A: The government will maneuver various tools to support exporting companies, especially for small and medium-sized companies. It will expand the supply of liquidity to markets and will increase loans for exporting companies and expand rediscounting bills in The Export- Import Bank of Korea. By doing so, exporting companies may not feel a bottleneck of liquidity. The government also will assist them by supplying funds so that they can purchase raw materials for product manufacturing. The expansion of working funds will be helpful for them too. The government will check every day if the assistances work at the right time and right place.

Q: Despite the dark outlook, China is often cited to be a promised land. Domestic companies will do their best to go to China. What should the companies bear in mind when they enter Chinese markets

A: China has emerged as the biggest investment country for Korea since China joined the WTO. As of September this year, 19,098 Korean companies are running their businesses in China, reaching 25.7 billion dollars in investment. But the environment of business is getting worse and worse as the benefit toward foreign investment has decreased and labor protection policies have been added by the Chinese government. Labor costs also rise higher and higher. Investments should be made in Chinese domestic areas rather than in low labor cost areas. The government will help companies that find themselves in difficulty in exploring markets in China. It will also support them to set up a huge logistics and distribution complex so that they can share the space with other Korean companies.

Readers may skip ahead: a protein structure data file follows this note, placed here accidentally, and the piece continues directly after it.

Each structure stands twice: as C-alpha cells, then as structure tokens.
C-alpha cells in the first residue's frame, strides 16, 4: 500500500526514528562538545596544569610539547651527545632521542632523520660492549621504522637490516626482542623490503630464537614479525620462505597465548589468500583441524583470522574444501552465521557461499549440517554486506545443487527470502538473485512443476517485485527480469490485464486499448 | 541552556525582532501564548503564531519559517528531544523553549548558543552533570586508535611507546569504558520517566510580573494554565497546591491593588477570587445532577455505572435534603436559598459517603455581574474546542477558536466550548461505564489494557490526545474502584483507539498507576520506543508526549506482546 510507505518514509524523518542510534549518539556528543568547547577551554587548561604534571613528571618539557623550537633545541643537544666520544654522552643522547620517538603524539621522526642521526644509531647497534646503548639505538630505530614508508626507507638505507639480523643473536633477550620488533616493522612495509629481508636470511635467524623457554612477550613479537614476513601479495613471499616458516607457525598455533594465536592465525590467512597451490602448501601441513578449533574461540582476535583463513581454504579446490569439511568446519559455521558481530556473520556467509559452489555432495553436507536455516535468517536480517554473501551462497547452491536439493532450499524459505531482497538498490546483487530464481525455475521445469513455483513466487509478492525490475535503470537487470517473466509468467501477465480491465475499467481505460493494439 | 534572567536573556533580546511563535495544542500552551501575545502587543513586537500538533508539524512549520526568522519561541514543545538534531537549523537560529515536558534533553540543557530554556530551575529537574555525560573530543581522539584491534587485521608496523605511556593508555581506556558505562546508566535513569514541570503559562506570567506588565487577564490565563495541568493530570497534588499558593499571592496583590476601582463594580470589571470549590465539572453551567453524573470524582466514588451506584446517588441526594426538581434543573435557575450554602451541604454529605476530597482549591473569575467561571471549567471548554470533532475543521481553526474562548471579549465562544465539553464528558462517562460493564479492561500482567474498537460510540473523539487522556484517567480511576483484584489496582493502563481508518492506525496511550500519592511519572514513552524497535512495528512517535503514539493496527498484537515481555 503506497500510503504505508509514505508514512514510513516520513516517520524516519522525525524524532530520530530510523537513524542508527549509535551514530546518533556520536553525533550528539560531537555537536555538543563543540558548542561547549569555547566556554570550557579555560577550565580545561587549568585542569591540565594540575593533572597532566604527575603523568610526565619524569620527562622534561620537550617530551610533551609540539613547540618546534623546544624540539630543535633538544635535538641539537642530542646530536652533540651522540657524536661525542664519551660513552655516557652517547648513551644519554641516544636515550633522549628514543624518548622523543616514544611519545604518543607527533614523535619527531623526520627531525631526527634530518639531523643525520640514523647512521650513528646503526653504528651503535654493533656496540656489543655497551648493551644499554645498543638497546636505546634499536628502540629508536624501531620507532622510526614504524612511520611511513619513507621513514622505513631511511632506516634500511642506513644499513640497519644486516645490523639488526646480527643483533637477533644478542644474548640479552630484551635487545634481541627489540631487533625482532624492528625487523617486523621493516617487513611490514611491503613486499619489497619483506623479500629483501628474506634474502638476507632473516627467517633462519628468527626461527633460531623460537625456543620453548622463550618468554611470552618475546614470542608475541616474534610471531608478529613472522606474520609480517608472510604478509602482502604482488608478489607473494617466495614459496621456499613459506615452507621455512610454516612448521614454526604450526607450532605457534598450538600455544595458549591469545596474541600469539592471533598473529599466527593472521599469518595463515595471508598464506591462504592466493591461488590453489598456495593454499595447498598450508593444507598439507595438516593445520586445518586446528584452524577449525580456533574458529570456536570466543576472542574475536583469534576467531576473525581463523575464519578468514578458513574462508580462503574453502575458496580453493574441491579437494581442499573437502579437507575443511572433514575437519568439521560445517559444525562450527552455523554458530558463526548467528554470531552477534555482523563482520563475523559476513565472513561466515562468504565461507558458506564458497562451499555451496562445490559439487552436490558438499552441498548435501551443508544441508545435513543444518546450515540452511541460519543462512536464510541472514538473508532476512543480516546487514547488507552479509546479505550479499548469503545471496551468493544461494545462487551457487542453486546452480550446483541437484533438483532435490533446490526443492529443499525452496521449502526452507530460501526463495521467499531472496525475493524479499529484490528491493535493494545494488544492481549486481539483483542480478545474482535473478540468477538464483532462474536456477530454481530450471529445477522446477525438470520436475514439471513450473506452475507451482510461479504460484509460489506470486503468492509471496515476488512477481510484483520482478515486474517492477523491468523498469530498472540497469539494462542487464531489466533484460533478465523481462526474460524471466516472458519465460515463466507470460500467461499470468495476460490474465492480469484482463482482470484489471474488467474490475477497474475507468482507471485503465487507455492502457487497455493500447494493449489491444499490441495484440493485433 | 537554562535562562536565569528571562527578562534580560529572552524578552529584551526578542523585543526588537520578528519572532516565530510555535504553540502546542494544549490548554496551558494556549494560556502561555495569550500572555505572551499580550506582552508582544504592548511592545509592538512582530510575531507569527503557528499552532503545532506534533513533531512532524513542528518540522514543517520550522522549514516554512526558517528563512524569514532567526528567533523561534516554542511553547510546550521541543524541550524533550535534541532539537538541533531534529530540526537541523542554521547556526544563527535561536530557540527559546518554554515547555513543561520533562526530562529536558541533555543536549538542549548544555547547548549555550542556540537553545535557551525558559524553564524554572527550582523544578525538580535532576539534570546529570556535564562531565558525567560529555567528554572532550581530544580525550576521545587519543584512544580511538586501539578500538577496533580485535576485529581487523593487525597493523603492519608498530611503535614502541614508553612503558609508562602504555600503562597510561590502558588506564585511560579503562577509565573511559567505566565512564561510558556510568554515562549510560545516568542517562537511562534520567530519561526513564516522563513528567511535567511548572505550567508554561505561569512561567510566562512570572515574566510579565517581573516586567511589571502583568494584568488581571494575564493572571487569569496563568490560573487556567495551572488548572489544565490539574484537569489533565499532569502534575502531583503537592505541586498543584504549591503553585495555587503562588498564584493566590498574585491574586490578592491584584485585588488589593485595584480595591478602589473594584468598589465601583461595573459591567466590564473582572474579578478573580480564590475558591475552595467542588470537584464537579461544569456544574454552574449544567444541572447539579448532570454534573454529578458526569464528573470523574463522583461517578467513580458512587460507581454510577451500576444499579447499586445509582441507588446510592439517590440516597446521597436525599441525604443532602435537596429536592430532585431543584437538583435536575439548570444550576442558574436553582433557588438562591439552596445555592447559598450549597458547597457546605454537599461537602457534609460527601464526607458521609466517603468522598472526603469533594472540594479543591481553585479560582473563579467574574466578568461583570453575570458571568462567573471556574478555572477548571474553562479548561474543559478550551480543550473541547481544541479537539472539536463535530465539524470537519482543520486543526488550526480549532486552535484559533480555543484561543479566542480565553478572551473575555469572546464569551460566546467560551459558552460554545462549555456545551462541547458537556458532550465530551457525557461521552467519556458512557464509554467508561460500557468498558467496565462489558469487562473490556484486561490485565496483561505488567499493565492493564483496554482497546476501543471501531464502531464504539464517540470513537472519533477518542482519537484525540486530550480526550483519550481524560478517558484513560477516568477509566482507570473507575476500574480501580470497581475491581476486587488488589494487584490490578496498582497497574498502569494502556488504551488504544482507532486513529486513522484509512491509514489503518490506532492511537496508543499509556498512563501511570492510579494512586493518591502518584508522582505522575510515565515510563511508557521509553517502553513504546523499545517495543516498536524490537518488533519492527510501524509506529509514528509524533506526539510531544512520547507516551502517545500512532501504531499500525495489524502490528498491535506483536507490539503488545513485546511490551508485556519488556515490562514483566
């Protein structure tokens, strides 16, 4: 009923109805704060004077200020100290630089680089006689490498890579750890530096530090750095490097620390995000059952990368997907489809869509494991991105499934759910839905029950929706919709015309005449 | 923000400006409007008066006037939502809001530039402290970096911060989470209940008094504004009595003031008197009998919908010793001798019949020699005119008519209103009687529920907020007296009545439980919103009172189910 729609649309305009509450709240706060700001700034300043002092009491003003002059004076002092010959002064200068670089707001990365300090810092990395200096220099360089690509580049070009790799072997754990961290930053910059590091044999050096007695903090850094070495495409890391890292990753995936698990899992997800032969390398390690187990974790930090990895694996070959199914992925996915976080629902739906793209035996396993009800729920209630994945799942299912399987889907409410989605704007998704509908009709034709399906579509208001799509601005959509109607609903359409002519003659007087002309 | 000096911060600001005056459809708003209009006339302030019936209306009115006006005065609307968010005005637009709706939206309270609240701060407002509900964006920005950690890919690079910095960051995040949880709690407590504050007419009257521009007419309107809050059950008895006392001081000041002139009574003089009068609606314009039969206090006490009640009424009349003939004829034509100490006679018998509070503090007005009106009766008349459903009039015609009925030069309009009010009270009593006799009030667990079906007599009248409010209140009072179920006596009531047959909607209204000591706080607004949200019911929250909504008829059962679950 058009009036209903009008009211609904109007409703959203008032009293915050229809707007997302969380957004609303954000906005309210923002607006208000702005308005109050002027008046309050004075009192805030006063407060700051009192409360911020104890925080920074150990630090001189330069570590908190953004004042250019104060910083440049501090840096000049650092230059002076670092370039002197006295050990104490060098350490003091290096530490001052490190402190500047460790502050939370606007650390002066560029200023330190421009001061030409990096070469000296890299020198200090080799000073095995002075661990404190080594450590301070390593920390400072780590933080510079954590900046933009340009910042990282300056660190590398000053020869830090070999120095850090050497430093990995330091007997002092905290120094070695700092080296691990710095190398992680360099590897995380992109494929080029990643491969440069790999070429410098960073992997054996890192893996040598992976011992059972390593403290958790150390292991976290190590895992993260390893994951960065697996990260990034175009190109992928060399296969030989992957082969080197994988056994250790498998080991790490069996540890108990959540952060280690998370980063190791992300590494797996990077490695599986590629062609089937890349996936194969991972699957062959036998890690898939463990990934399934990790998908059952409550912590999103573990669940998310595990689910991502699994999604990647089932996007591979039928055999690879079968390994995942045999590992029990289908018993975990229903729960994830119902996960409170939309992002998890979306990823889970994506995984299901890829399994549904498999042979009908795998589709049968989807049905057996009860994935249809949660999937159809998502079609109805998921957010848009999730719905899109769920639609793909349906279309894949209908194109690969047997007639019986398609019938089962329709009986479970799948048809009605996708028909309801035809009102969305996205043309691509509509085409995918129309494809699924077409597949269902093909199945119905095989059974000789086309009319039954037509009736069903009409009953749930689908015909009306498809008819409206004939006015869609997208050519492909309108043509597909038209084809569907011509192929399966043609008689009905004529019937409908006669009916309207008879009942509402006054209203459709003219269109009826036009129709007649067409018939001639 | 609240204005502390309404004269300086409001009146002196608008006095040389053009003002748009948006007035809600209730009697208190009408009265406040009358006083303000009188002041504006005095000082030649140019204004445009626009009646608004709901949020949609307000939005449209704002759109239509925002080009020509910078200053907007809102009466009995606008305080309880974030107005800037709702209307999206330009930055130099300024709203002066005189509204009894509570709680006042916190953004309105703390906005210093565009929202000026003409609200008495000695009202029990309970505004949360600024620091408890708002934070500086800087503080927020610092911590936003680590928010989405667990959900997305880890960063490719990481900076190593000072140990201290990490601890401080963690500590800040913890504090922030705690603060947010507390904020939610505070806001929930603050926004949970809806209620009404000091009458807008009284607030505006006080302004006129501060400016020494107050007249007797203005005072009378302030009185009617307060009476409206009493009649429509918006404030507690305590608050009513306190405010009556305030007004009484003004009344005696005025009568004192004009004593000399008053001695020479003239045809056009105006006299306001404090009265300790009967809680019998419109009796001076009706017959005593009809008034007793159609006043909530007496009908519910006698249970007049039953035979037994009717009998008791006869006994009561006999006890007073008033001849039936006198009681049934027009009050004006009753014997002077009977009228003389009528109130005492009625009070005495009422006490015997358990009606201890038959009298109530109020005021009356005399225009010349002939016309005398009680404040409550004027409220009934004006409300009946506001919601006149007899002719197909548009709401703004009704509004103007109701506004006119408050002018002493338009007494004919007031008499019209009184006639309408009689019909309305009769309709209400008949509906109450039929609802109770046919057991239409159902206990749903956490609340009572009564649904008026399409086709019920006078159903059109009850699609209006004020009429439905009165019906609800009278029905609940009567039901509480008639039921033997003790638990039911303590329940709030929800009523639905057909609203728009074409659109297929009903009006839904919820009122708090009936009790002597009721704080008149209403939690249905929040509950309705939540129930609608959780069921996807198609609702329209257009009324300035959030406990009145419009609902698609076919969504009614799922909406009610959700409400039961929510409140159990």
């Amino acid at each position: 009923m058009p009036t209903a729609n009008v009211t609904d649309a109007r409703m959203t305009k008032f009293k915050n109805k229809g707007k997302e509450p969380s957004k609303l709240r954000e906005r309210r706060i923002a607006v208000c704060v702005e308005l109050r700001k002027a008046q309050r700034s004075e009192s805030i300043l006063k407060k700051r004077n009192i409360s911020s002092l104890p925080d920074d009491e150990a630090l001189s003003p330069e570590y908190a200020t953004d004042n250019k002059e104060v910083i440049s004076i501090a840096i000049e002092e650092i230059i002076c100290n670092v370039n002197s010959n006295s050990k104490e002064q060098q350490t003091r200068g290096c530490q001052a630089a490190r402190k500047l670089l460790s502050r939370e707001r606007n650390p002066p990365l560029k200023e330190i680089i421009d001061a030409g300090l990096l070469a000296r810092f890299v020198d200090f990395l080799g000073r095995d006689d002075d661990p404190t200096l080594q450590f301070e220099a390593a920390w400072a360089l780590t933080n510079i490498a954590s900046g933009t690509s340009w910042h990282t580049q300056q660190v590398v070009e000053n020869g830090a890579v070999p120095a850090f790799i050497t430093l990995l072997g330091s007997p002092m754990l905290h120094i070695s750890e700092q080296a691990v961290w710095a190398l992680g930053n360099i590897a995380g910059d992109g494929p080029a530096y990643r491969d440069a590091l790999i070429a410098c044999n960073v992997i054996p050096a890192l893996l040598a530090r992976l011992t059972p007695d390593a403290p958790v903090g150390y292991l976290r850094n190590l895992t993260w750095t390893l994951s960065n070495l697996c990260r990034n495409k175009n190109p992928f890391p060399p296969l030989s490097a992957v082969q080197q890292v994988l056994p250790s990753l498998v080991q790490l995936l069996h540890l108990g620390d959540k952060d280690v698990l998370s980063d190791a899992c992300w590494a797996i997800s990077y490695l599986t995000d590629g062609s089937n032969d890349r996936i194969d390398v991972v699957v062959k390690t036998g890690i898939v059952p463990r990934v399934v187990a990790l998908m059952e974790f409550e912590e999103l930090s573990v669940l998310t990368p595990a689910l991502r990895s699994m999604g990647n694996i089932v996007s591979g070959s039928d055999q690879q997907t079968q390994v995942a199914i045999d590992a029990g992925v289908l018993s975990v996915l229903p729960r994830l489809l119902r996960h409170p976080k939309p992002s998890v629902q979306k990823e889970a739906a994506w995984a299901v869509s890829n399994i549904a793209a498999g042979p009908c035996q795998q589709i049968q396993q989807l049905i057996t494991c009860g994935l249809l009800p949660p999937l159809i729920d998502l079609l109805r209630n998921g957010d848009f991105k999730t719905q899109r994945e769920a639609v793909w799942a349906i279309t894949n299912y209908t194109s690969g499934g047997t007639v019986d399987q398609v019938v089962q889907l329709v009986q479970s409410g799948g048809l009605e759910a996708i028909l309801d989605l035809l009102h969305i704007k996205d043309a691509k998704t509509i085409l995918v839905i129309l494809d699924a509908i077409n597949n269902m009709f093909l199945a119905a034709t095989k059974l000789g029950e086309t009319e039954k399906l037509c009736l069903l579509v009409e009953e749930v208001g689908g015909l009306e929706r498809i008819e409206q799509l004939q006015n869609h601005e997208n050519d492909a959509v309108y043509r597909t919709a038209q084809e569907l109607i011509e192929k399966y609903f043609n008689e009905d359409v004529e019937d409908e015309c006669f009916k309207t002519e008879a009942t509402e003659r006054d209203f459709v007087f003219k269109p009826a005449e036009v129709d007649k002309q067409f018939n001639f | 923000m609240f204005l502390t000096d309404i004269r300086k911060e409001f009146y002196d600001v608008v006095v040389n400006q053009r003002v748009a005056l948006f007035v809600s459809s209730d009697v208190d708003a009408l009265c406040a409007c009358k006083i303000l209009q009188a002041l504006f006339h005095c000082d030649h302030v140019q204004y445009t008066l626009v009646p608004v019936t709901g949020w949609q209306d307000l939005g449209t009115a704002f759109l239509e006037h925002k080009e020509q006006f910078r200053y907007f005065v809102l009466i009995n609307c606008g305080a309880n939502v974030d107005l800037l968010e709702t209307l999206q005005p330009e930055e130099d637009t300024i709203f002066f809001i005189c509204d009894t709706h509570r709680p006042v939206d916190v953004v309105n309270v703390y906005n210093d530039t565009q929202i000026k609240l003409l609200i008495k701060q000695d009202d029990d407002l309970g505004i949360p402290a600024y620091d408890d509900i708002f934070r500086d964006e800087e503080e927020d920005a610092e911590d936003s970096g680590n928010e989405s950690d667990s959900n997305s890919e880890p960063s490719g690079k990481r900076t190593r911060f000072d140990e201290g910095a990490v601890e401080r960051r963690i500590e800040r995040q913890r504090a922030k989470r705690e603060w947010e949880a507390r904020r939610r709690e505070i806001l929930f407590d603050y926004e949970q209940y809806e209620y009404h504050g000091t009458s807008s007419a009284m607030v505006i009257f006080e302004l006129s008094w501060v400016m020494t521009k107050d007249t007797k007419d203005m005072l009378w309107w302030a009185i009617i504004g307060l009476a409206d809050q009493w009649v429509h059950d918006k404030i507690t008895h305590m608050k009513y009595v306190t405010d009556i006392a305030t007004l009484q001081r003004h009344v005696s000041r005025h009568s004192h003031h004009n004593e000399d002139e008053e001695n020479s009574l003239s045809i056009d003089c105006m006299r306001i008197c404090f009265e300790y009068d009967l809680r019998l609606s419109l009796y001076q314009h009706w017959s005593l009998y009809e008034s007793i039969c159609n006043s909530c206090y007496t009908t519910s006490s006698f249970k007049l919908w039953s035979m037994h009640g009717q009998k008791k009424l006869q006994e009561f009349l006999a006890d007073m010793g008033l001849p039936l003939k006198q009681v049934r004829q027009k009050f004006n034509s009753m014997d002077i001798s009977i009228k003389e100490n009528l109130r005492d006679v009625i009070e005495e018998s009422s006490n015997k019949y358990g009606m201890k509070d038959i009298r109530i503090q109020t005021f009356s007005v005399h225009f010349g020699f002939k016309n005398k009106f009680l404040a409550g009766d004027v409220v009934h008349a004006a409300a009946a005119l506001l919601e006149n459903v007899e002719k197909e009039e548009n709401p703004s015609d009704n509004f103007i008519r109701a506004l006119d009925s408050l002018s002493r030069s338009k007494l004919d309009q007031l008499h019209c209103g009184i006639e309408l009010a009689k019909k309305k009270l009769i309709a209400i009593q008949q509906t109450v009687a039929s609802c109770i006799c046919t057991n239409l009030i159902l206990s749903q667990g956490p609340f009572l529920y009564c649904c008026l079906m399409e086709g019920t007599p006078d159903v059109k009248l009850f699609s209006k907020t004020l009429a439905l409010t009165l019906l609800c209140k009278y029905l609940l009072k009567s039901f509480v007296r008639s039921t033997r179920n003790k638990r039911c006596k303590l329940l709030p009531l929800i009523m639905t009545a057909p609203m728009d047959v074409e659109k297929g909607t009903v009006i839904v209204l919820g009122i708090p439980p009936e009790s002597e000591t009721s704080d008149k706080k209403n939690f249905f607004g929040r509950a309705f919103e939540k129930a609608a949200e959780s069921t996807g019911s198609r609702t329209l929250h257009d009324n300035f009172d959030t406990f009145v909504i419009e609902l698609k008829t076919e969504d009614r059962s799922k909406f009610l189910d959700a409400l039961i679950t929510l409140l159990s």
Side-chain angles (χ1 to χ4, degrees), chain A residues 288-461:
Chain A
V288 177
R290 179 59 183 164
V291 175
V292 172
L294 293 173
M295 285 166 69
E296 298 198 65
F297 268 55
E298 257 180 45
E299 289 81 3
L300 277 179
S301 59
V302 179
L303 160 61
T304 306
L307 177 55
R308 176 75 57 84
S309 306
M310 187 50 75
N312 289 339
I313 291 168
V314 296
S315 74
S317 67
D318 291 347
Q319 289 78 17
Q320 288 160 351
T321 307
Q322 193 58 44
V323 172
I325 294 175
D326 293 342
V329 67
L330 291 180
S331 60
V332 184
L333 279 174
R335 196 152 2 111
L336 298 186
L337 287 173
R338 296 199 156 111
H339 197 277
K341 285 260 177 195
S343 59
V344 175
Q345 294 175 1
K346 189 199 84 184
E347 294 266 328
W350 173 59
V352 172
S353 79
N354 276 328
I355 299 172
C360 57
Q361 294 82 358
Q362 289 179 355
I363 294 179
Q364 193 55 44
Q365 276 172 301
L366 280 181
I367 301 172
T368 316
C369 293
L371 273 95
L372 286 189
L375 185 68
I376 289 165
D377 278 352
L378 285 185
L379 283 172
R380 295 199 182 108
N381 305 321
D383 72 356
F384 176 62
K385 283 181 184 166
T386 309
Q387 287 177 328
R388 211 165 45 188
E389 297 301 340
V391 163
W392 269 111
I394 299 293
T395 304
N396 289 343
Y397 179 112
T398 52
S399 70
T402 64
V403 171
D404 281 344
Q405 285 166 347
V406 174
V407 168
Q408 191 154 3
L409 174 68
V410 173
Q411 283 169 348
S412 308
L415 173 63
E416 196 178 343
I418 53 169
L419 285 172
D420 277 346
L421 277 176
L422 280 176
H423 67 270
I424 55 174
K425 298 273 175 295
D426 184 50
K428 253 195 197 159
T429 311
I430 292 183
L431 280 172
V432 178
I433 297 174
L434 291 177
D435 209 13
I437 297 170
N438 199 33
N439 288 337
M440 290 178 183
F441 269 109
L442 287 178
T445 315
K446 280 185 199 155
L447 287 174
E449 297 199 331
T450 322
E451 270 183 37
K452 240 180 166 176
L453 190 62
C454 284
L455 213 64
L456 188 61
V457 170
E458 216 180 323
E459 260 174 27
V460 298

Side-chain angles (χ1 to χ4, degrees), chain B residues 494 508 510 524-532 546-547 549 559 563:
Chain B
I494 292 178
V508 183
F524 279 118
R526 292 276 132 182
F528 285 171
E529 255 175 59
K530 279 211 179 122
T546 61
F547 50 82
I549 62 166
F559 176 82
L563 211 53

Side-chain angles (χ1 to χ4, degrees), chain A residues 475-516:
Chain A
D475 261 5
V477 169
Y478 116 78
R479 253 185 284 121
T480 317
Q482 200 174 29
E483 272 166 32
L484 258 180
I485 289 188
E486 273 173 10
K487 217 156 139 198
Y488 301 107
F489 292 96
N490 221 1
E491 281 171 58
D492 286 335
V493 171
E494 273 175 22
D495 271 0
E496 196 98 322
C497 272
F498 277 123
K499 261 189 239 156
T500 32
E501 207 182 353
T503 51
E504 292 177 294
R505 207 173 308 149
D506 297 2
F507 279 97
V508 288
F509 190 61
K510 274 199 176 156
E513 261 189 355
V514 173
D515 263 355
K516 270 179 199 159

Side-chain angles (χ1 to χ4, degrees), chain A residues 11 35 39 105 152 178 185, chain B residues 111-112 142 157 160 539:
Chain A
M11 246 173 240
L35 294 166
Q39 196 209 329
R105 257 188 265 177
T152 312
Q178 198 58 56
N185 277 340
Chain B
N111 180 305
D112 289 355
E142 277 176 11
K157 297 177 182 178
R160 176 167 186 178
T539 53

Q: The environment surrounding world trade in 2009 might be the worst in decades. How do you think exports, for South Korea, will go next year Can you tell us the export-stimulating programs the government has

A: There is doubt that the recession in developed countries might spread over to developing countries next year. The recession will weaken demand and consumption. Those elements will affect us. The competition over the market will be sharpened. According to private research centers including the Samsung Economic Research Institute, the increase rate of exports in 2009 will shrink by one digit, only to amount to 485.5 billion dollars.

We need to do what we can to cope with the difficulties. We have to find out ways to respond to the financial crisis triggered by the US to ease the tension in the finance markets. Business circles must also go out to find new markets around the world. We have to arm ourselves with the spirit of crisis as an opportunity. Our cando spirit will pay off. It is desirable that we should separate markets into three categories. They are: the matured market, emerging market, and potential market. To meet the needs from different markets, we should adopt new marketing strategies.

Q: In times of recession, protectionism has tended to prevail around the world. Does the government have any plans to cope with it

A: There is a possibility that each country can take on protectionism amid the global economic crisis. But protectionism cannot be a solution. It will rather deepen the crisis. When protectionism prevails, emerging countries and export-driven countries, for example Korea, will suffer severe damages. The government will work together with G20 and APEC to stop protectionism from spreading. We need to seek Free Trade Agreements with more countries.